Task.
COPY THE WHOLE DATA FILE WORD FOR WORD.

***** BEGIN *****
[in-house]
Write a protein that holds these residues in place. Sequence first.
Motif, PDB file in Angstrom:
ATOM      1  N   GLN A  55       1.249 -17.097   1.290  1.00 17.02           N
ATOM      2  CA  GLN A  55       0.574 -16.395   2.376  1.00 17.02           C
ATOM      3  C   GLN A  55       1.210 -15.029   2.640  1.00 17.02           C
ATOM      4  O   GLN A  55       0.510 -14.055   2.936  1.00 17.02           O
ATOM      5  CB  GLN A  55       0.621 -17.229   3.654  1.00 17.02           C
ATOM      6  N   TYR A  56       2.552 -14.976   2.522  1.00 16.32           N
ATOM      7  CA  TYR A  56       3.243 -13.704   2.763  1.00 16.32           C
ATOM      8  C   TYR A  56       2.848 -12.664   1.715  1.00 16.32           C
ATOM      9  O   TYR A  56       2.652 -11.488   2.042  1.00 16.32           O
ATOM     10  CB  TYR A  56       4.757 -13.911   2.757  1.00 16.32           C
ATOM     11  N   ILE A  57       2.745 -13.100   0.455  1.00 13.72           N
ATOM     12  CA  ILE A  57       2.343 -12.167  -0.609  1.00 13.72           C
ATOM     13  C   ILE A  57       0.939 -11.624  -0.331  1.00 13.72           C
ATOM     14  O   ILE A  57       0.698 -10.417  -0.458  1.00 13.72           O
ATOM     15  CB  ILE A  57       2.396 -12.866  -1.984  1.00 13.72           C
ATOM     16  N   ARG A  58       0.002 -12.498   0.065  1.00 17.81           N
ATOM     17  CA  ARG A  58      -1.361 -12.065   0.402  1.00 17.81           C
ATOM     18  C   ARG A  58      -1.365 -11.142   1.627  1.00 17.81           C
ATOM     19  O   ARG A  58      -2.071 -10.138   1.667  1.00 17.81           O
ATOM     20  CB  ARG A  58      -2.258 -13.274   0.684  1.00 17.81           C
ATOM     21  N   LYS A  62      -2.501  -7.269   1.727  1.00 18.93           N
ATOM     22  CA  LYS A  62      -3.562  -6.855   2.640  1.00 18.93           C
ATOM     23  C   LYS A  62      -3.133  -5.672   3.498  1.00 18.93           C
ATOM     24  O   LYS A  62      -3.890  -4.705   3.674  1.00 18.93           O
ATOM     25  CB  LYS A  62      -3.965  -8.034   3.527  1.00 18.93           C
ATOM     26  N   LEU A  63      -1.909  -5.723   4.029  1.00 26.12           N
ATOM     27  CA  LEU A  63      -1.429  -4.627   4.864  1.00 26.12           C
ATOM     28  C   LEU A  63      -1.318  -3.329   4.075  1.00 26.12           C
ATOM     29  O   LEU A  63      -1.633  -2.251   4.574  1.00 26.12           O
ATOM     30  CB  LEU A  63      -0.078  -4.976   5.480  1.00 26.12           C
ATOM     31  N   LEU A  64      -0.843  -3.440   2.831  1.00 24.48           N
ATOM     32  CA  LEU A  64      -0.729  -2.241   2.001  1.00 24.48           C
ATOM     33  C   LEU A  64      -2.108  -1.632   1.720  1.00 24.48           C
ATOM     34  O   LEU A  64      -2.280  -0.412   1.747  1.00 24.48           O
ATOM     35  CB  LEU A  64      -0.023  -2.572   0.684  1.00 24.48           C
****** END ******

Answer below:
[in-house]
Write a protein that holds these residues in place. Sequence first.
Motif, PDB file in Angstrom:
ATOM      1  N   GLN A  55       1.249 -17.097   1.290  1.00 17.02           N
ATOM      2  CA  GLN A  55       0.574 -16.395   2.376  1.00 17.02           C
ATOM      3  C   GLN A  55       1.210 -15.029   2.640  1.00 17.02           C
ATOM      4  O   GLN A  55       0.510 -14.055   2.936  1.00 17.02           O
ATOM      5  CB  GLN A  55       0.621 -17.229   3.654  1.00 17.02           C
ATOM      6  N   TYR A  56       2.552 -14.976   2.522  1.00 16.32           N
ATOM      7  CA  TYR A  56       3.243 -13.704   2.763  1.00 16.32           C
ATOM      8  C   TYR A  56       2.848 -12.664   1.715  1.00 16.32           C
ATOM      9  O   TYR A  56       2.652 -11.488   2.042  1.00 16.32           O
ATOM     10  CB  TYR A  56       4.757 -13.911   2.757  1.00 16.32           C
ATOM     11  N   ILE A  57       2.745 -13.100   0.455  1.00 13.72           N
ATOM     12  CA  ILE A  57       2.343 -12.167  -0.609  1.00 13.72           C
ATOM     13  C   ILE A  57       0.939 -11.624  -0.331  1.00 13.72           C
ATOM     14  O   ILE A  57       0.698 -10.417  -0.458  1.00 13.72           O
ATOM     15  CB  ILE A  57       2.396 -12.866  -1.984  1.00 13.72           C
ATOM     16  N   ARG A  58       0.002 -12.498   0.065  1.00 17.81           N
ATOM     17  CA  ARG A  58      -1.361 -12.065   0.402  1.00 17.81           C
ATOM     18  C   ARG A  58      -1.365 -11.142   1.627  1.00 17.81           C
ATOM     19  O   ARG A  58      -2.071 -10.138   1.667  1.00 17.81           O
ATOM     20  CB  ARG A  58      -2.258 -13.274   0.684  1.00 17.81           C
ATOM     21  N   LYS A  62      -2.501  -7.269   1.727  1.00 18.93           N
ATOM     22  CA  LYS A  62      -3.562  -6.855   2.640  1.00 18.93           C
ATOM     23  C   LYS A  62      -3.133  -5.672   3.498  1.00 18.93           C
ATOM     24  O   LYS A  62      -3.890  -4.705   3.674  1.00 18.93           O
ATOM     25  CB  LYS A  62      -3.965  -8.034   3.527  1.00 18.93           C
ATOM     26  N   LEU A  63      -1.909  -5.723   4.029  1.00 26.12           N
ATOM     27  CA  LEU A  63      -1.429  -4.627   4.864  1.00 26.12           C
ATOM     28  C   LEU A  63      -1.318  -3.329   4.075  1.00 26.12           C
ATOM     29  O   LEU A  63      -1.633  -2.251   4.574  1.00 26.12           O
ATOM     30  CB  LEU A  63      -0.078  -4.976   5.480  1.00 26.12           C
ATOM     31  N   LEU A  64      -0.843  -3.440   2.831  1.00 24.48           N
ATOM     32  CA  LEU A  64      -0.729  -2.241   2.001  1.00 24.48           C
ATOM     33  C   LEU A  64      -2.108  -1.632   1.720  1.00 24.48           C
ATOM     34  O   LEU A  64      -2.280  -0.412   1.747  1.00 24.48           O
ATOM     35  CB  LEU A  64      -0.023  -2.572   0.684  1.00 24.48           C